Book Launch | Vietnam's American War: A History

The Woodrow Wilson Center’s History and Public Policy Program welcomes Pierre Asselin for a book launch discussion of 

A Joint Conference on Russia and North Korean Nuclear Weapons

Russia’s relations with North Korea are often ignored in the West, being overshadowed by China. Yet Russia has been a major player on the Korean Peninsula since the late 19th century. It was directly responsible for the creation of the North Korean state (the DPRK) and it still maintains a range of political, economic and social links. Indeed, Russia is now the only major country on more or less friendly terms with Pyongyang.

1917: The Empire’s Diverging Revolutions

We have long acknowledged and taught that 1917 was not one but many revolutions, including parallel, sometimes overlapping, but often conflicting movements of soldiers, workers, peasants, white-collar workers, and other intelligentsia and social groups. But all these revolutions were refracted through national, imperial, and colonial prisms, so there were also Ukrainian, Polish, Jewish, and Tatar revolutions.

Reading the Tea Leaves: The Future of Xi’s China

President Xi Jinping “has consolidated more power than any of his predecessors,” according to Kissinger Institute Director Robert Daly. When Xi convenes the 19th National Congress of the Communist Party of China, he will seek to continue his agenda for leading an evolving country into the 21st century. What can we expect? Daly provides insights into the workings of the party and Xi’s priorities in this edition of Wilson Center NOW.


Understanding the North Korean Regime

Research on North Korea’s government system has undergone significant changes since the 1990s. While it is still a challenge to conduct fieldwork in North Korea, to say the least, the strengthening of economic cooperation between North and South Korea, together with advancements in satellite technology, have increased the amount of information available. Testimonies by North Korean defectors are also rich sources of information, especially from former high-ranking government officials.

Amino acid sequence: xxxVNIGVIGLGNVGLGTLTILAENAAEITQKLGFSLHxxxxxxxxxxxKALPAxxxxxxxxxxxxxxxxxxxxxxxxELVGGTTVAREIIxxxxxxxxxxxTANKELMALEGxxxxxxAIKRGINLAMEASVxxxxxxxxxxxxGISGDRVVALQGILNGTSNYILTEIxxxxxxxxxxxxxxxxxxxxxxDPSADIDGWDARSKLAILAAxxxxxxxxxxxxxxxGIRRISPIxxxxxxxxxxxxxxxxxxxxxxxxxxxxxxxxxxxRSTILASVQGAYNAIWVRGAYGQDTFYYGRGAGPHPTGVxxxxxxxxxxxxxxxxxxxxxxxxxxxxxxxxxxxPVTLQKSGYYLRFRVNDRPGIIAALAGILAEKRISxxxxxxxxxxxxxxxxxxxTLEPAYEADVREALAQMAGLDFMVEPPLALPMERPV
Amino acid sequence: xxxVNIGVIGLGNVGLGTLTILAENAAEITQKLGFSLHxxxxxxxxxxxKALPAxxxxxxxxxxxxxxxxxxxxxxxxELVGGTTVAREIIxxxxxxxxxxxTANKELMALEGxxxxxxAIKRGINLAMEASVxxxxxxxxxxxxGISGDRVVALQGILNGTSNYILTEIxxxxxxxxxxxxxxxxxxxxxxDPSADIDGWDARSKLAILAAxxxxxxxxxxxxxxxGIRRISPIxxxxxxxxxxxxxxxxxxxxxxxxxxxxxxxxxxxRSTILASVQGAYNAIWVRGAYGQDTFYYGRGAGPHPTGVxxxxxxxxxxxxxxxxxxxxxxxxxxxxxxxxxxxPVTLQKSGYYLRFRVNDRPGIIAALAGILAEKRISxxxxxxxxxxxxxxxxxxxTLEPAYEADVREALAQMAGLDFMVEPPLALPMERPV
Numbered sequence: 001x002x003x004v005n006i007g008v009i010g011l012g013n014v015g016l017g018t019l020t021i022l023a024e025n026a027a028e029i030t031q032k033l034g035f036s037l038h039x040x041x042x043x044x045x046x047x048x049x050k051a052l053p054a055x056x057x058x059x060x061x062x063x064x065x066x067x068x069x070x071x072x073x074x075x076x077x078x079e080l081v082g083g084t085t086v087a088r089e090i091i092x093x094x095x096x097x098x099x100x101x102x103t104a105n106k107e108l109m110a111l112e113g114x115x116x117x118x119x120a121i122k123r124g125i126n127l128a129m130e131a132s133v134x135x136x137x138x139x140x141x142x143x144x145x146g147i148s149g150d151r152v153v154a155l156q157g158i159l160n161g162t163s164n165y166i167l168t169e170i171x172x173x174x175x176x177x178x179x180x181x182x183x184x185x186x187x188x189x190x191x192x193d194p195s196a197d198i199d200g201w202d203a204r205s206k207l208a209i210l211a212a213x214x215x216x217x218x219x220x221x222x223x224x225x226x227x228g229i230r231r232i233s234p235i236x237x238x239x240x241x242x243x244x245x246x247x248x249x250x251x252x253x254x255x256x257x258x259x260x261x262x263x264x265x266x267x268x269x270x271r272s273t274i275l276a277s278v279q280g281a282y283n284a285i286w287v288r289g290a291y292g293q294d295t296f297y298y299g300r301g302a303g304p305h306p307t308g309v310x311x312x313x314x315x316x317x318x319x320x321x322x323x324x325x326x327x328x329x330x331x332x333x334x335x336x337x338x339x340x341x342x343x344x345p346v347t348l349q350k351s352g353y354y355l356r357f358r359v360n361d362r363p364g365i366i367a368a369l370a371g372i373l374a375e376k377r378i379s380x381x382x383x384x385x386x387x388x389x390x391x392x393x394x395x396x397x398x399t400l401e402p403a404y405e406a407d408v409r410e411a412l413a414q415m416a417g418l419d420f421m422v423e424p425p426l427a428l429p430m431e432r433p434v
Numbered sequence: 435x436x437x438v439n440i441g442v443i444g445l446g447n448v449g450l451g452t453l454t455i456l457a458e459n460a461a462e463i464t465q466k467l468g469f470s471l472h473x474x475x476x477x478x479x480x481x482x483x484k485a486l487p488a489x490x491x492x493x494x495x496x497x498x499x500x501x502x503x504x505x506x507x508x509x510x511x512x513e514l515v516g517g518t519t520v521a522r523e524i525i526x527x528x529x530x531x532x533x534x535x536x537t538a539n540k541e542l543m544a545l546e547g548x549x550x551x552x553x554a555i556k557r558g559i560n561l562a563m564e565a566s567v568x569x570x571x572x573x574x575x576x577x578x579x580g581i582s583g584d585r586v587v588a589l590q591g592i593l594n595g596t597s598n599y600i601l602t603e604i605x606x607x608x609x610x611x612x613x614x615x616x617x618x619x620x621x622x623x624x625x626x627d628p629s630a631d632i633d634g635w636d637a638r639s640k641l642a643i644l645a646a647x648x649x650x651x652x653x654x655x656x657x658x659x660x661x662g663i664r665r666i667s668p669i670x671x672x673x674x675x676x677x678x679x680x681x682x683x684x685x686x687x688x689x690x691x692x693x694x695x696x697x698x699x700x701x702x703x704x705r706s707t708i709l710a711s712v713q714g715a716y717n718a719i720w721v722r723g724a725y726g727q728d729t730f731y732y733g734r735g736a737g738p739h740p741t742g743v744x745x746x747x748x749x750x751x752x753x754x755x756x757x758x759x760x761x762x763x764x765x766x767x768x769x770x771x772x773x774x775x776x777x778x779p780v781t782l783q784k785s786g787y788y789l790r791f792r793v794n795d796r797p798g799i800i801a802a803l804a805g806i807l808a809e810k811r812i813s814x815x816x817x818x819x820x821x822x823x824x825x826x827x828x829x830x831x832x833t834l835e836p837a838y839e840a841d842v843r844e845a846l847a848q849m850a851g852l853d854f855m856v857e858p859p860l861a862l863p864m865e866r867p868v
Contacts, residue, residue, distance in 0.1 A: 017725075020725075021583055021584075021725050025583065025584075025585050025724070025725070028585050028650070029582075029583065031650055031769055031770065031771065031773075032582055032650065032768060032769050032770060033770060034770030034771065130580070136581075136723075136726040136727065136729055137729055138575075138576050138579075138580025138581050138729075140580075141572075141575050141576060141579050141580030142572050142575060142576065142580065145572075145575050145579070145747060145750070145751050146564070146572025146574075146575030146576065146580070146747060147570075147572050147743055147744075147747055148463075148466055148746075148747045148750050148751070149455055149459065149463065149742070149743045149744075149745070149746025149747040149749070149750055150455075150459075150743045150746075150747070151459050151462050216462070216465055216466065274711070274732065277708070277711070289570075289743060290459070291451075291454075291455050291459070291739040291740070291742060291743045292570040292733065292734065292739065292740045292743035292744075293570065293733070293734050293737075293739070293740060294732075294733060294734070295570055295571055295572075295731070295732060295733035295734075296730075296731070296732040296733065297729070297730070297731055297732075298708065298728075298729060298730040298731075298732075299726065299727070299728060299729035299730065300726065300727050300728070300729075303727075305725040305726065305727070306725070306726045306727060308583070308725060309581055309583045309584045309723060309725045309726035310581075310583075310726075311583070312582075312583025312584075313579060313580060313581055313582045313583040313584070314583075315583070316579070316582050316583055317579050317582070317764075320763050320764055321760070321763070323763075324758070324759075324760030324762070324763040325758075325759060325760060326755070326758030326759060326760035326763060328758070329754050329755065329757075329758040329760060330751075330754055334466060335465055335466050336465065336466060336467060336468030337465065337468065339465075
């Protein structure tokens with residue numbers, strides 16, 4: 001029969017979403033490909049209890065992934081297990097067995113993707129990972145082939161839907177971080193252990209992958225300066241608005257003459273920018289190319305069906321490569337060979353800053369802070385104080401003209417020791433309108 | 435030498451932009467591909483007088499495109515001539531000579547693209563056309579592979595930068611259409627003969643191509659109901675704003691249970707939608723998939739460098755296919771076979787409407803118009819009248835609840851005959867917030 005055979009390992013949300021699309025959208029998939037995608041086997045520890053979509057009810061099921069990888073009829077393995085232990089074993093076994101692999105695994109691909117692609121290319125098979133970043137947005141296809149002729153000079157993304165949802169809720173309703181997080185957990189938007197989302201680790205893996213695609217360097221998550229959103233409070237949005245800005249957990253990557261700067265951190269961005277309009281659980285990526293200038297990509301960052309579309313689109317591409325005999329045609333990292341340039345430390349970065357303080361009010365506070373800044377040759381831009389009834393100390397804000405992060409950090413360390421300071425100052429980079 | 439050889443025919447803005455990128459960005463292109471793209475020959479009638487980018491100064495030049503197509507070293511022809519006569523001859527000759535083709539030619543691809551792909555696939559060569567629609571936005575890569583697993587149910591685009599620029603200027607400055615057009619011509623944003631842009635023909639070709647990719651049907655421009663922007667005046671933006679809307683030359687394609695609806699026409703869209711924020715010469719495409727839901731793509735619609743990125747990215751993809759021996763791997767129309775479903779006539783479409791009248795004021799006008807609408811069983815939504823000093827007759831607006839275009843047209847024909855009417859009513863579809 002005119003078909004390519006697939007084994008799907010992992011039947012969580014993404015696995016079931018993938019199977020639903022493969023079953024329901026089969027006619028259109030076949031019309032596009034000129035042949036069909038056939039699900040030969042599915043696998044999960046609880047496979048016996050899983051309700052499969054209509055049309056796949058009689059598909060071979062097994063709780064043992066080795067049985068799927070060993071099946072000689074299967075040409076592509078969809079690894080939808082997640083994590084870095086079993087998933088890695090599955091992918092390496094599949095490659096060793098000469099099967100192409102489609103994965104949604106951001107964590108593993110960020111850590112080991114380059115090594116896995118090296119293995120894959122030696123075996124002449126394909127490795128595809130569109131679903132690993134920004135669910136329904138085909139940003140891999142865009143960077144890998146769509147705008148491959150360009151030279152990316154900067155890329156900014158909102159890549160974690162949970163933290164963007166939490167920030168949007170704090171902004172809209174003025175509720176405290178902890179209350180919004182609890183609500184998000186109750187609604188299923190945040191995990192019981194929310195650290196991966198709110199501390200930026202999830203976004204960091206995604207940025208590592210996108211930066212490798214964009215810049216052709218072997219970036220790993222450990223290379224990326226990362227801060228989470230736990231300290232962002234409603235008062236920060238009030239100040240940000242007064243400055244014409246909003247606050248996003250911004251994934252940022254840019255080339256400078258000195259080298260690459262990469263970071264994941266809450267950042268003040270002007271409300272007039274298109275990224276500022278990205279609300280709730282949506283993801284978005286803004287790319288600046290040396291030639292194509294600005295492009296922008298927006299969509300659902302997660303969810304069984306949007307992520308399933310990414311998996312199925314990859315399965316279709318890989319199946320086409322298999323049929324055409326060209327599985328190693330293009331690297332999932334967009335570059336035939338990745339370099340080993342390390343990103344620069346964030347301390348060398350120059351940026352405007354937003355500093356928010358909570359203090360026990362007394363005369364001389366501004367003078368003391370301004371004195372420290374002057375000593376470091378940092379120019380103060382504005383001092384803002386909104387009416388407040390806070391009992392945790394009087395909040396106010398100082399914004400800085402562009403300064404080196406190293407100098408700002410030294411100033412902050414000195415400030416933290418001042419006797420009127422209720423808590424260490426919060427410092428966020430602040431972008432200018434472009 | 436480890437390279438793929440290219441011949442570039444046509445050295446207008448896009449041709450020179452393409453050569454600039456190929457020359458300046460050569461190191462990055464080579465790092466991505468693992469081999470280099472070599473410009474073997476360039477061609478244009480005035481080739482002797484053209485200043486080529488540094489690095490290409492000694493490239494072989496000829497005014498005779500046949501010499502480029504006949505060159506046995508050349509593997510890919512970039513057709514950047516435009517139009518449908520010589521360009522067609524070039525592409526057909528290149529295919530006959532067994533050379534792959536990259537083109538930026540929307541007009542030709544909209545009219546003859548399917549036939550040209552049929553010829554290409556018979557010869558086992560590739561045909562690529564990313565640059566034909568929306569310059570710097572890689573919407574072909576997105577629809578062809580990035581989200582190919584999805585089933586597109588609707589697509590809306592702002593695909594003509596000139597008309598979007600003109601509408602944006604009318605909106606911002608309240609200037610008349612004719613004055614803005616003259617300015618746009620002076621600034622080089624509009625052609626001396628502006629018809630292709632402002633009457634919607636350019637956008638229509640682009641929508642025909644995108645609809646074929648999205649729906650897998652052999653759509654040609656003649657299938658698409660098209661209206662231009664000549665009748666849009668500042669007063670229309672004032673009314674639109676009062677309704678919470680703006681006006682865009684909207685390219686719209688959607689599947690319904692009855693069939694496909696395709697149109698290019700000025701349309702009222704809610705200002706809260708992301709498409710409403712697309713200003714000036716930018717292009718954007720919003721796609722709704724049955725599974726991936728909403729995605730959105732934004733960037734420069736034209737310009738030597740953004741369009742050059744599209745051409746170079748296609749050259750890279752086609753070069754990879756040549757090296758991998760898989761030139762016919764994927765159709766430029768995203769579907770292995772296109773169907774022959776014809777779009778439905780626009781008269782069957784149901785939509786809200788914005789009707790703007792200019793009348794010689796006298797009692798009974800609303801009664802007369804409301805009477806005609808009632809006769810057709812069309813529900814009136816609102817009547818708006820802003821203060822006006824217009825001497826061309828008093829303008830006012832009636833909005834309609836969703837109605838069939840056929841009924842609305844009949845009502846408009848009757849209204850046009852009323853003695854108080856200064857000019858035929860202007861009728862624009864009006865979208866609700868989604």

Russia’s Imaginary Stalin

Joseph Stalin, a Bolshevik who assumed dictatorial powers over the Soviet Union in the late 1920s and ruled until his death in 1953, is Russia's most popular revolutionary. Stalin’s popularity as a historical figure is now at its highest point of the past 16 years.

Book Launch | Konrad Wolf – But I Saw It Myself, This is the War: War Diary and Letters, 1942-1945

Konrad Wolf (1925-1982), renowned film director and longtime president of the East Germany’s Academy of Arts, left behind an extraordinary collection of historical documents: his War Journal. In three small notebooks of tightly written handwriting, the journal details his early years as a young man and solider enlisted in Soviet Russia’s Red Army (1943-1945).